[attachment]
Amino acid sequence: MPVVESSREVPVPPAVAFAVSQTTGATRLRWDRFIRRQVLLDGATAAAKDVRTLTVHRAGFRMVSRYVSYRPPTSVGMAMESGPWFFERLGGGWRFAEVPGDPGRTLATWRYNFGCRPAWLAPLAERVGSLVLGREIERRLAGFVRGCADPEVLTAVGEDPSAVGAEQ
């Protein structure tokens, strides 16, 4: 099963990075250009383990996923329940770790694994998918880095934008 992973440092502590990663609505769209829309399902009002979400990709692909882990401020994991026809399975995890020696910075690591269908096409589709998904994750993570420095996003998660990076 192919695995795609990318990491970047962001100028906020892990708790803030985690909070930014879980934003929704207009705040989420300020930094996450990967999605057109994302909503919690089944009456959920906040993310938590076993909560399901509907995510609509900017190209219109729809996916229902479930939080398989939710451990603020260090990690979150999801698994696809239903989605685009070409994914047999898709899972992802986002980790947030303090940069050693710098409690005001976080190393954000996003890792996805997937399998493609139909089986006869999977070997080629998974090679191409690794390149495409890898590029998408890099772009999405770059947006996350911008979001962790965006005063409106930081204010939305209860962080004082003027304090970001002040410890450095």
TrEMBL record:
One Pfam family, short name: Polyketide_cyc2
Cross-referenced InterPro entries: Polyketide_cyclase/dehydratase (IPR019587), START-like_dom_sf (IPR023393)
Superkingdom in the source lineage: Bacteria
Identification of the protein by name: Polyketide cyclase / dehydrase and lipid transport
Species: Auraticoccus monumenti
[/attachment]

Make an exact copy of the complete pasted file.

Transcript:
Amino acid sequence: MPVVESSREVPVPPAVAFAVSQTTGATRLRWDRFIRRQVLLDGATAAAKDVRTLTVHRAGFRMVSRYVSYRPPTSVGMAMESGPWFFERLGGGWRFAEVPGDPGRTLATWRYNFGCRPAWLAPLAERVGSLVLGREIERRLAGFVRGCADPEVLTAVGEDPSAVGAEQ
């Protein structure tokens, strides 16, 4: 099963990075250009383990996923329940770790694994998918880095934008 992973440092502590990663609505769209829309399902009002979400990709692909882990401020994991026809399975995890020696910075690591269908096409589709998904994750993570420095996003998660990076 192919695995795609990318990491970047962001100028906020892990708790803030985690909070930014879980934003929704207009705040989420300020930094996450990967999605057109994302909503919690089944009456959920906040993310938590076993909560399901509907995510609509900017190209219109729809996916229902479930939080398989939710451990603020260090990690979150999801698994696809239903989605685009070409994914047999898709899972992802986002980790947030303090940069050693710098409690005001976080190393954000996003890792996805997937399998493609139909089986006869999977070997080629998974090679191409690794390149495409890898590029998408890099772009999405770059947006996350911008979001962790965006005063409106930081204010939305209860962080004082003027304090970001002040410890450095």
TrEMBL record:
One Pfam family, short name: Polyketide_cyc2
Cross-referenced InterPro entries: Polyketide_cyclase/dehydratase (IPR019587), START-like_dom_sf (IPR023393)
Superkingdom in the source lineage: Bacteria
Identification of the protein by name: Polyketide cyclase / dehydrase and lipid transport
Species: Auraticoccus monumenti